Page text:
Tag Archives: animal welfare

Progressive Dairyman

Of all the valuable reading I get on the modern day smoke signal (Internet), I get more from the dairy magazines than any other now. The dairy farmers have learned the best ways to get the most production out of a cow.

Nutrition, cow comfort, and milking style seem to be really important things that make the operation successful.

I have read that nutrition has changed from an art to a science with technology. It is amazing how effective our feeding of animals has become, when we control the feed they eat and the time they eat.

It used to be standard practice to milk morning and night. I have read in some cases they may milk up to six times a day, on the modern dairy. The way cows are milked, the kind of parlor design, and the skill of the milker is very important for production.

Cow comfort is very well thought out. All kinds of creature comforts are provided – water at the proper temperature (some dairies run milk and water pipes together to cool the milk and warm the water), feeding and feed bunk design for optimum cow intake, and the very best rest areas for cow comfort and reduction of lameness.

I recently learned from a dairy specialist for Zoetis that they design dairies for cows to turn to the right. The gut of the dairy cow is so large that they have a difficult time turning left, because of the way the gut is designed so the cow likes to turn right.

These are just some of the things I have learned about the dairy world. I am certain if you learn more about the business there would be much more to learn about the science of making cows more productive.

This is a problem that I see happening. The dairy industry has gotten so good that the cows are are actually working themselves to death.

When a cow’s genetics have caused her to have a gut so large that you must design facilities you may be going to far. Watch one try to get up.

The length of time a cow is productive is less than it used to be. The production part of the cow is getting to be more than the transportation part of the cow can handle.

A lot of the negative animal welfare on national media coverage has involved dairy cattle. Animals with limited mobility, handlers not using proper animal handling techniques, and usually handlers trying to force the animal to go faster than it is capable of all led to these animal welfare problems.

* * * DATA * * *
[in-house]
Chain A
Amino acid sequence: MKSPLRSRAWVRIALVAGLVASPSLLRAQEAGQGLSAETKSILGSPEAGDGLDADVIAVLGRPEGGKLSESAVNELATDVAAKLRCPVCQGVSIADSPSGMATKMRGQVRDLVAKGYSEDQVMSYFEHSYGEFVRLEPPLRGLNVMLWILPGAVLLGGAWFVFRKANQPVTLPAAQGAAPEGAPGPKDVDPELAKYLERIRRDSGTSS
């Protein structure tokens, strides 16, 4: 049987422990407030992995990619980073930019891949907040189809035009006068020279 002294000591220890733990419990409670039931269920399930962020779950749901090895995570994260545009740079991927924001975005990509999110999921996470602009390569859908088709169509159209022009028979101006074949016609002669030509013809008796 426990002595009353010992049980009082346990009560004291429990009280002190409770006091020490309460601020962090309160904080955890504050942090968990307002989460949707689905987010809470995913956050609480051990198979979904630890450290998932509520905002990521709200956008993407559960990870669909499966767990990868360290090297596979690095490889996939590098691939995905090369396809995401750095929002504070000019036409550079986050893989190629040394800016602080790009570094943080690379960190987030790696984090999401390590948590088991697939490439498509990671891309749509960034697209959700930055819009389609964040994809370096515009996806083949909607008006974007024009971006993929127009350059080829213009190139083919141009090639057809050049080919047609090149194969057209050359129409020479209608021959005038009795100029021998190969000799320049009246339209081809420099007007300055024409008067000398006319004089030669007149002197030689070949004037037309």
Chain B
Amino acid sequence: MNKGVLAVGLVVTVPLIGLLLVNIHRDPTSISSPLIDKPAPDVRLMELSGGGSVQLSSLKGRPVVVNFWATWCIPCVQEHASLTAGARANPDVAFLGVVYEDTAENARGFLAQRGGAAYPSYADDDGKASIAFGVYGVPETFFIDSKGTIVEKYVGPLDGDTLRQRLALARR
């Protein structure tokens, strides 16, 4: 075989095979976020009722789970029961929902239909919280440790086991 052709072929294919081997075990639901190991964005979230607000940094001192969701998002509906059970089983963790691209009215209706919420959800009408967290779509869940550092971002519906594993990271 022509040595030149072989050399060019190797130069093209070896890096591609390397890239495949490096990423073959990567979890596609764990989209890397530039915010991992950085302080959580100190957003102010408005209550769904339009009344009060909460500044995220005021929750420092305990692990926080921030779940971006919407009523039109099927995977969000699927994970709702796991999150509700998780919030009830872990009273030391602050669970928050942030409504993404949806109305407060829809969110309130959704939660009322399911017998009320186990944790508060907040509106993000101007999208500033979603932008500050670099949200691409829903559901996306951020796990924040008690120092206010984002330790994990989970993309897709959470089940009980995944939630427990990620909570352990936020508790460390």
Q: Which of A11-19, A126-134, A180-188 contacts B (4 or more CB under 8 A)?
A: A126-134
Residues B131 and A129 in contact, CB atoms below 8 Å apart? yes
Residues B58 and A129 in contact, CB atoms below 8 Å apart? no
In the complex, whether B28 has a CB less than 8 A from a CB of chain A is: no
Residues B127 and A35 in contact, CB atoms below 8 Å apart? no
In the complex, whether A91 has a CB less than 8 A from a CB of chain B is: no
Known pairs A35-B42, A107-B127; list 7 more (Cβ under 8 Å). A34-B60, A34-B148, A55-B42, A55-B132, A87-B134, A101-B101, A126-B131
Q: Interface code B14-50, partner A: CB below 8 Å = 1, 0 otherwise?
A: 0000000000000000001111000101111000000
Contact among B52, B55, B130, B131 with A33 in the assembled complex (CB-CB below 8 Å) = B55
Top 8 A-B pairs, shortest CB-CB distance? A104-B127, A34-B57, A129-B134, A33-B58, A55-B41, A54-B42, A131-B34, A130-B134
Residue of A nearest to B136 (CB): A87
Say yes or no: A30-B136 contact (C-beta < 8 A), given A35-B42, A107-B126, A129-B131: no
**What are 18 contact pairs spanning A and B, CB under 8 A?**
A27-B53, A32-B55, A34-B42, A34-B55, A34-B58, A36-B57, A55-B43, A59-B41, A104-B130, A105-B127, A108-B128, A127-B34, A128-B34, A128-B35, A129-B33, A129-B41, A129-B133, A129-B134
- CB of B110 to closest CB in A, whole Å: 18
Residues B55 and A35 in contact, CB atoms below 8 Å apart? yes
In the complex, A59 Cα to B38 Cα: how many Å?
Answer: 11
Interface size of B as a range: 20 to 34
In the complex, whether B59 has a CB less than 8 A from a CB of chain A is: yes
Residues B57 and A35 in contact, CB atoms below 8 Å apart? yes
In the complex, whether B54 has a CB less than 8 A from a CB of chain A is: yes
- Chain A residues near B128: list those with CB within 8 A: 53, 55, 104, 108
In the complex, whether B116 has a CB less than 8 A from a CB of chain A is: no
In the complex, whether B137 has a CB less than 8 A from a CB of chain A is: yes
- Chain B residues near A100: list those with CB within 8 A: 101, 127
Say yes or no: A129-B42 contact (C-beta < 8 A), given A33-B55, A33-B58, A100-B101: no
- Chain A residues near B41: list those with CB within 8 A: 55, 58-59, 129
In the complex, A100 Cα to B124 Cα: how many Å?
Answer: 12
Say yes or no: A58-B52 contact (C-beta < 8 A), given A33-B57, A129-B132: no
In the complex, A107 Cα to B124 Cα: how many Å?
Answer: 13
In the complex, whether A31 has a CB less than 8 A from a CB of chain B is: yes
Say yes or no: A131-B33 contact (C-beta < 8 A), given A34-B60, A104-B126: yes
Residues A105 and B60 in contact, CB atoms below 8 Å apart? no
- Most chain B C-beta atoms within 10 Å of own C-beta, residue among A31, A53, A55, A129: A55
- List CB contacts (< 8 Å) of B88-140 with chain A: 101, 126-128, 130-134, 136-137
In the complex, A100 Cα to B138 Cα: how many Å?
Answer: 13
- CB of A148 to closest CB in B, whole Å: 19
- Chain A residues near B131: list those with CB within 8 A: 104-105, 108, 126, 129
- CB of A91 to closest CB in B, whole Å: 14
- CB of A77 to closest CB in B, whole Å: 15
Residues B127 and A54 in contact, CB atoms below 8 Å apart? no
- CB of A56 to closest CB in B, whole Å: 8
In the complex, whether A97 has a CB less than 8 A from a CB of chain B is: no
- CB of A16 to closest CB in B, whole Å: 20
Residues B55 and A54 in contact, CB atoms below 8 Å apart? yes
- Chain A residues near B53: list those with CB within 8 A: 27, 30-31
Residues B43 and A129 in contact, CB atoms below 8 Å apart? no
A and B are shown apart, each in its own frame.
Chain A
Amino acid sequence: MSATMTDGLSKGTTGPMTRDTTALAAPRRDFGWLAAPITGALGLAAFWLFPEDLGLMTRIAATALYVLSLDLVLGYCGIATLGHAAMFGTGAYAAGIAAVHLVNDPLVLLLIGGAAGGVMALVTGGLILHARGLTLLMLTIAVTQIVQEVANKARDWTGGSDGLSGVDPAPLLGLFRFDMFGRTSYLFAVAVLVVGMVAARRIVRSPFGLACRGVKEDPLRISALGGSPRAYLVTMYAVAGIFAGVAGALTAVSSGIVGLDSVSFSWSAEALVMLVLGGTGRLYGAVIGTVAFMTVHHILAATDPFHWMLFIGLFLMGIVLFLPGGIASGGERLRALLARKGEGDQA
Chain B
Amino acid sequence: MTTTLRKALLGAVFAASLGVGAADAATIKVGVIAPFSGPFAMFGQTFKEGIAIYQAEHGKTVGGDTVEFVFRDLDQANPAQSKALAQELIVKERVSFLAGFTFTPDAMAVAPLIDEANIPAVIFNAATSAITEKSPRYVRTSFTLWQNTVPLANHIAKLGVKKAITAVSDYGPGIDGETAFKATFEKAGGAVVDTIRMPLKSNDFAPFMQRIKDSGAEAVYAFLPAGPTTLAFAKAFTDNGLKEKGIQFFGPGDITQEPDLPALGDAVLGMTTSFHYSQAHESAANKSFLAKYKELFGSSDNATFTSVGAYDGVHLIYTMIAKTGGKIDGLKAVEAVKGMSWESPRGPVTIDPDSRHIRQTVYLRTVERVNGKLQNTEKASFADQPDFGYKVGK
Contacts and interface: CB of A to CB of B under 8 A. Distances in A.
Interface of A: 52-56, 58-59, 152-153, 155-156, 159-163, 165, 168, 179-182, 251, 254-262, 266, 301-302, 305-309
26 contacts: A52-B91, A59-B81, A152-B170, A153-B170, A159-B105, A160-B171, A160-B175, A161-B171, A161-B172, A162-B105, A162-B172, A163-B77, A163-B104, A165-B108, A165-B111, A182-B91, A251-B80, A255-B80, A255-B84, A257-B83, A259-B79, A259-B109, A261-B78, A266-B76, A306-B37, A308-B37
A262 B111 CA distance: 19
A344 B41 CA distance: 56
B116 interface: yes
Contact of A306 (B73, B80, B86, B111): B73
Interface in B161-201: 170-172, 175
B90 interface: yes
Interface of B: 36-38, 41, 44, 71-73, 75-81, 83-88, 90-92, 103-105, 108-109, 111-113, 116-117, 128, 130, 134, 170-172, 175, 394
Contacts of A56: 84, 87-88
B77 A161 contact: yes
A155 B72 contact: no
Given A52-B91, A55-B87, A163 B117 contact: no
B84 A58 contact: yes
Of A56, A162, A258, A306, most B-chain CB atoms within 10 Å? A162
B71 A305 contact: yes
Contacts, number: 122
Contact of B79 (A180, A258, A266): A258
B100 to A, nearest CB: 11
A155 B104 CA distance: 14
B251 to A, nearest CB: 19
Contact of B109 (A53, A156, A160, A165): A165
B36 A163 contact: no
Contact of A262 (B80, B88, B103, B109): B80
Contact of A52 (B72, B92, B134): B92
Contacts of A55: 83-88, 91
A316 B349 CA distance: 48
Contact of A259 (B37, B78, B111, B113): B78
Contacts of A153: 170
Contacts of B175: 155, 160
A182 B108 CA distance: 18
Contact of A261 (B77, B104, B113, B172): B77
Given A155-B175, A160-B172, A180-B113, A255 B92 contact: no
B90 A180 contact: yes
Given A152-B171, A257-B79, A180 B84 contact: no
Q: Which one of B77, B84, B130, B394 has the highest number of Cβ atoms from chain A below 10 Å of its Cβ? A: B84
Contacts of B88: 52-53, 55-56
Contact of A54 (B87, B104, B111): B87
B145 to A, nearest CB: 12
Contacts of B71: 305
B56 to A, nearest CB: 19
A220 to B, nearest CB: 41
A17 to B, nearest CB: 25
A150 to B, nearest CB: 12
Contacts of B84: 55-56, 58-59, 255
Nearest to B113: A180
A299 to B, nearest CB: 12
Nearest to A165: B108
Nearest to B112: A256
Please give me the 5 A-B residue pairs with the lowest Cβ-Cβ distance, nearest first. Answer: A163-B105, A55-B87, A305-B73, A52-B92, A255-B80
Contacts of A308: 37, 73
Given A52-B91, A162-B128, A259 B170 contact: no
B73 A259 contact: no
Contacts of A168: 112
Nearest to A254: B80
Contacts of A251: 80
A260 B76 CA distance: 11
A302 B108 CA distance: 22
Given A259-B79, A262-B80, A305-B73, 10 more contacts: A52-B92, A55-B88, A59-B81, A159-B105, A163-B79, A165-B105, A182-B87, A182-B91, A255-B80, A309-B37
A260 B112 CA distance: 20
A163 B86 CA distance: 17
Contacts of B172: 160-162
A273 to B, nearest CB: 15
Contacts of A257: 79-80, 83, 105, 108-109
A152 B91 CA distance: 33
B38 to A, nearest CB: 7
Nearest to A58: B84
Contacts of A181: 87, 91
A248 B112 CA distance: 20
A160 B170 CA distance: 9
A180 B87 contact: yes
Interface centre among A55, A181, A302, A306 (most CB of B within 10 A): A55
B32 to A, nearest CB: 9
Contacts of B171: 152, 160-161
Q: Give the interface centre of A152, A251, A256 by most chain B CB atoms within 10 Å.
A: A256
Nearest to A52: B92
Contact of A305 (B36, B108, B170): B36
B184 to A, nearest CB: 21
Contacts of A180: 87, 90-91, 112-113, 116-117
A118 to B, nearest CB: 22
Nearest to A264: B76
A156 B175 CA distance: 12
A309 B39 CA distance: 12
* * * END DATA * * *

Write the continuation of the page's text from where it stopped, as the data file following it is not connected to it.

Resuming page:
To be blunt, the cows are not taken out of production soon enough and are not in good enough shape physically to go from milking to slaughter.

The other problem happens when the handlers don’t have the time or compassion to slow down or use the proper equipment to get the job done correctly.

I am a big fan of the Mexican charro skills with a rope. These skills are amazing. The Mexican culture with animals is much different than ours. We must make the Hispanics understand that our culture will not tolerate what we in our culture view as abuse to animals. In my opinion it is more important to learn this than it is to learn English.

The Mexican culture with animals is not the same as ours. We must keep reinforcing and encouraging proper handling practices frequently. To just think we can tell them once and then all the tradition and habits will go away is ridiculous.

It is also important for the dairy employee to get skilled at Beef Quality Assurance (BQA) practices. We see that they are way behind the beef industry in this. Again it is important that the employee understands the impact of doing things wrong.

One thing I feel we could all benefit from is our emotions toward animals. Animal handling expert Bud Williams spoke of this all the time. He felt animals really responded well to a person that enjoyed working with animals, and the mood of the people dealing with the animals was really important to health and production. I read of a study that showed when you named a dairy cow her production went up. The researcher surmised that if something has a name people care about it more.

It is so incredible to have not only nutrition go from an art to a science, but many other aspects of animal care as well. In college it changed from animal husbandry to animal science. We better be careful not to go to far toward science. We may even benefit to getting back to the way we felt about animals when we hand milked twice a day.

The dairy industry has come so far in animal science, but I think they need to get back to the art of animal husbandry. I think we all need to learn more on the art of animal husbandry.

It’s the right thing to do, and that’s Stockmanship and Stewardship.

~ Curt Pate


This is a word I did not know of until recently. It kind of is the same as greed but it’s more about an uncontrollable desire for money and riches no matter what, and the desire to hoard the wealth.